Tesco leads chorus of retailers with snow worries

Today we got to see just how badly the pre-Christmas snow affected the high street. Even Tesco wasn't immune...

by Emma Haslett
Last Updated: 15 Feb 2013
It’s Super Thursday, the day dozens of retailers reveal their Christmas trading figures – and the headline numbers point to a lot of dashed festive hopes. Some of the country’s largest retailers posted some pretty disappointing results, which they're blaming on the pre-Christmas snow – not least Tesco, which said its like-for-like sales grew at just 0.6%. That’s quite a come-down from last year’s 5.1% figure. And if it’s been this difficult for the nation’s biggest retailer, it's hardly surprising that the smaller fry have been struggling too...

Unsurprisingly, Tesco’s out-of-town stores took the worst hit. While food sales actually rose by 1.5%, the real dent was in ‘non-food’ sales, which are usually stocked in its larger ‘Extra’-sized stores. Analysts reckon the cold snap lost Tesco about £50m worth of sales, although there were at least some encouraging figures from its online business, which saw sales growth of 18%. And that’s despite it having to stop taking orders in some parts of the country just before Christmas, in order to deal with a snow-induced backlog – so it could have been even better.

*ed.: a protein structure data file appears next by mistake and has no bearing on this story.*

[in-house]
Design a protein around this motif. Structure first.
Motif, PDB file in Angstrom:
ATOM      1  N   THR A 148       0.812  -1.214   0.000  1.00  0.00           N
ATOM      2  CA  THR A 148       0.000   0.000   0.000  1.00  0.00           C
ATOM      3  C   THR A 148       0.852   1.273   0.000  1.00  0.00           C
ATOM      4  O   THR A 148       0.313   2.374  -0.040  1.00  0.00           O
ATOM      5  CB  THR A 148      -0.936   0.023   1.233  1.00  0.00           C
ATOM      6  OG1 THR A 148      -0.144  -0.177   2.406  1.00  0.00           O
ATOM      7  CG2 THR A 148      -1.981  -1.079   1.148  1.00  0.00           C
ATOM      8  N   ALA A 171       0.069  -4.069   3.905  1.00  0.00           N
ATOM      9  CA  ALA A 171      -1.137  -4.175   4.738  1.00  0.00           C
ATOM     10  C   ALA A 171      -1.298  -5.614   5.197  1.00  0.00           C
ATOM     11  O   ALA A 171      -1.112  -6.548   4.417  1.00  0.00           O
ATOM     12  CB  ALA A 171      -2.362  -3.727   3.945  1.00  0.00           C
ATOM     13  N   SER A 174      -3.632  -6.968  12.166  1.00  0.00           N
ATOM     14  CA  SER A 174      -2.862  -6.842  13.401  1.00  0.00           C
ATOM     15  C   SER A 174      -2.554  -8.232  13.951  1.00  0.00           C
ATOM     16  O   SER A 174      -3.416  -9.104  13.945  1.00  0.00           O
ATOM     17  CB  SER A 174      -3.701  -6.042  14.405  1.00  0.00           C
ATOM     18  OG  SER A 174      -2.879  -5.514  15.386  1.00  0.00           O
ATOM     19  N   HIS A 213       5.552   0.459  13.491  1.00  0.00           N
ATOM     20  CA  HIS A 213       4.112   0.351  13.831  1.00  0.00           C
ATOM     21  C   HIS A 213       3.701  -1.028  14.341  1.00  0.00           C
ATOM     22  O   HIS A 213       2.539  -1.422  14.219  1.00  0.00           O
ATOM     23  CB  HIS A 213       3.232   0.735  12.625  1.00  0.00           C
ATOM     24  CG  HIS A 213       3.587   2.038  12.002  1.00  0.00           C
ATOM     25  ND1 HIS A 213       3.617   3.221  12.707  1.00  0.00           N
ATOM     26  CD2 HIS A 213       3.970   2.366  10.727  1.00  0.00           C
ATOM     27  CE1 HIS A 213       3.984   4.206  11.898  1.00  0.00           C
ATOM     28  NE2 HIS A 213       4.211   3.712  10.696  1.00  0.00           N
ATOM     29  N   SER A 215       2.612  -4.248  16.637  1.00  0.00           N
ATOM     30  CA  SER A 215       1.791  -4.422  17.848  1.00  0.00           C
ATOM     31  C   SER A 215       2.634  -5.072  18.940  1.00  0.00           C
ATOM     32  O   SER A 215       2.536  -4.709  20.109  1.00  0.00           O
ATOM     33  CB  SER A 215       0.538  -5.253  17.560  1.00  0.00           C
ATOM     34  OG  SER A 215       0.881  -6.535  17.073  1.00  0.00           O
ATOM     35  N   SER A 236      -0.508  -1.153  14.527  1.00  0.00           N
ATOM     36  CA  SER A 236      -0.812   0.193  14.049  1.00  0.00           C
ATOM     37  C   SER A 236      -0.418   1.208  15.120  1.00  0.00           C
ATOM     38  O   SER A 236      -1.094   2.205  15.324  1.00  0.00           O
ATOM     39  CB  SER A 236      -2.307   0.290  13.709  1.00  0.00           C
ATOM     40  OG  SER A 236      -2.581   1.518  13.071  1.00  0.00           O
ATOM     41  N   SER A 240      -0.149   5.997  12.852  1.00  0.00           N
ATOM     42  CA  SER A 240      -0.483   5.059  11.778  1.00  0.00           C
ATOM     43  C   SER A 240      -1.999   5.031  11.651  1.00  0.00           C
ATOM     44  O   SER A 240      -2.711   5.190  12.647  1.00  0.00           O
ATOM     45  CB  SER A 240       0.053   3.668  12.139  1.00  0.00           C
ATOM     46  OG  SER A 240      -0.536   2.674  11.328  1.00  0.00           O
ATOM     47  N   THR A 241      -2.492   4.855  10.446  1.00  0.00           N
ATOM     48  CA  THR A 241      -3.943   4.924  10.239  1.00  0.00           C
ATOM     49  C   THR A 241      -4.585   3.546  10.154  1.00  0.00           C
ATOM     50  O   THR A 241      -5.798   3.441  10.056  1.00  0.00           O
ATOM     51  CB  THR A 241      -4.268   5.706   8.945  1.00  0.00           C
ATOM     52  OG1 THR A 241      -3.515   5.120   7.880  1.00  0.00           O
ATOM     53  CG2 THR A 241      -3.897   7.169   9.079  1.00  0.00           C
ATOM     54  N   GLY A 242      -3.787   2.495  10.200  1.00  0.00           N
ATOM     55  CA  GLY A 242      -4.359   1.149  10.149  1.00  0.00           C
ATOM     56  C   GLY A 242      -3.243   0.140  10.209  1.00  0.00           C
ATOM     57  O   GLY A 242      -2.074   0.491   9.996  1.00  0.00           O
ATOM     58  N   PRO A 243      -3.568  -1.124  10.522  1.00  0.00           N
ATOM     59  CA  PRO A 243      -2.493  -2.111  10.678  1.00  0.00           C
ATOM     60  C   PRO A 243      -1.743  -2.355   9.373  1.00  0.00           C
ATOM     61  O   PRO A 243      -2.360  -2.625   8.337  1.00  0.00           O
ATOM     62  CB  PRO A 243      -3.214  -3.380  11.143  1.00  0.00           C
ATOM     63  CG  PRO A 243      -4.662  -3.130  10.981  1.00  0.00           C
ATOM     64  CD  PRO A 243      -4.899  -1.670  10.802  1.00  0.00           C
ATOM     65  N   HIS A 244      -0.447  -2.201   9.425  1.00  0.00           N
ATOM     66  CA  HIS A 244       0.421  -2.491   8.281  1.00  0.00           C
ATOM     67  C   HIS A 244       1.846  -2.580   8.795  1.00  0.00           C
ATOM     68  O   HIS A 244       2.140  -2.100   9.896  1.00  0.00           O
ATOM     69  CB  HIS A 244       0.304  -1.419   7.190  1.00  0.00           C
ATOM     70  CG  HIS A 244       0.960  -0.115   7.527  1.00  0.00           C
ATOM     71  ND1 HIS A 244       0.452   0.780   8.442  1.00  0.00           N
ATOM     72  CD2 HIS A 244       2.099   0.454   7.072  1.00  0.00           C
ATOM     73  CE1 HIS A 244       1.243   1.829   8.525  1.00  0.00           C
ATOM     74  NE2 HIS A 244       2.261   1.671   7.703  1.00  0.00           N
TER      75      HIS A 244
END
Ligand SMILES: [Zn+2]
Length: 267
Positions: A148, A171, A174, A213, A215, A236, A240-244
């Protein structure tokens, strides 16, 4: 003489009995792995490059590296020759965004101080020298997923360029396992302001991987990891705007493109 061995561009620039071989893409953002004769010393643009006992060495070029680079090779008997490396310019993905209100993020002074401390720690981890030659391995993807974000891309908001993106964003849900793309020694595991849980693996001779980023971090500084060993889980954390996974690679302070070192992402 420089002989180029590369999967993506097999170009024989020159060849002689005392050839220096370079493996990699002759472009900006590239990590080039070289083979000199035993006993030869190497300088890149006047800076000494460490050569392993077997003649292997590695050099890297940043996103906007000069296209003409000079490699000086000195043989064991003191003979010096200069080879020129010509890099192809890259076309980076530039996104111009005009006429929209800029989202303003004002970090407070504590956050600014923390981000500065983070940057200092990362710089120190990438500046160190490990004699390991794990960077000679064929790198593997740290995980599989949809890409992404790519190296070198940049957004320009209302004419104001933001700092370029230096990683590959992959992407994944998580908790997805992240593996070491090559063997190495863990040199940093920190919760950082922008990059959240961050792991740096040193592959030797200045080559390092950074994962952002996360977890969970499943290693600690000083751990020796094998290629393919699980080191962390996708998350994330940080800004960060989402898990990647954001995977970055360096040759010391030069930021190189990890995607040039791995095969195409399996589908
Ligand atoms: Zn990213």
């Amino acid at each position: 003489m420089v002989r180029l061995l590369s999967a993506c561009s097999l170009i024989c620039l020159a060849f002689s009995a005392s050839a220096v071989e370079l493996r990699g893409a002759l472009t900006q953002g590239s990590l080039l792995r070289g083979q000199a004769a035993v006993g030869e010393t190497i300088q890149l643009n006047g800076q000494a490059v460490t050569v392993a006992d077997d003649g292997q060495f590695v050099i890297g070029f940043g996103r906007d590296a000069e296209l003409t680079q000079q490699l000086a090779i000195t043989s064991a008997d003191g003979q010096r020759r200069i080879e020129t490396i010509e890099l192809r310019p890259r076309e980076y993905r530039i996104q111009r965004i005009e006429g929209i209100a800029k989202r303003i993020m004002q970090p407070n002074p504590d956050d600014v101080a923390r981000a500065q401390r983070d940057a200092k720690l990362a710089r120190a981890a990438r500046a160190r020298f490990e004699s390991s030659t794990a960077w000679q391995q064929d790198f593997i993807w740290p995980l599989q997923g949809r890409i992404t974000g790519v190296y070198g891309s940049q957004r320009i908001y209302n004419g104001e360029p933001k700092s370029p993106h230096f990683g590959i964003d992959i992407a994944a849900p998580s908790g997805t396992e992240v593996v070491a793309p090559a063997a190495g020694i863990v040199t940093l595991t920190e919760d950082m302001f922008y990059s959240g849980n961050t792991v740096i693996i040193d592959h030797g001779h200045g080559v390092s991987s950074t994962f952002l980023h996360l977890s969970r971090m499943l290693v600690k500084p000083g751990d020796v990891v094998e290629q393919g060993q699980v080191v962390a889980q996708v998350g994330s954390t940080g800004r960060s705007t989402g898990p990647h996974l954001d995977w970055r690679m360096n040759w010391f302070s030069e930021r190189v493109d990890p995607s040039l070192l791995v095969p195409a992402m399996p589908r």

Tesco wasn't the only retailer to suffer, however. New Look, Thorntons, the Co-op and Game Group have also posted disappointing numbers today. And Halfords said it had been hit by a ‘surprise drop’ in the number of people buying bikes for their children for Christmas - although on the plus side, there was a rise in the number of people buying car maintenance products (bulbs, blades and batteries). Pity they weren't selling sledges too...

Interestingly, while Dixons also had a tough few weeks, it still reported a rush of customers trying to get their big purchases in just before the VAT rise came into effect. So although CEO John Browett admitted that, like most other retailers, the bad weather had taken its toll, the company still saw ‘strong trade’ just after Christmas.

A further glimmer of hope came from Argos and Homebase owner Home Retail. Because even though both stores saw sales dip, they've both managed to keep profit margins up – which means the group as a whole can still be reasonably confident about meeting its earnings forecasts.

But it's a strategy not without its risks. If the only way retailers can protect their margins is by pushing up prices, that's not great news for consumers already trying to deal with higher VAT and soaring fuel prices...

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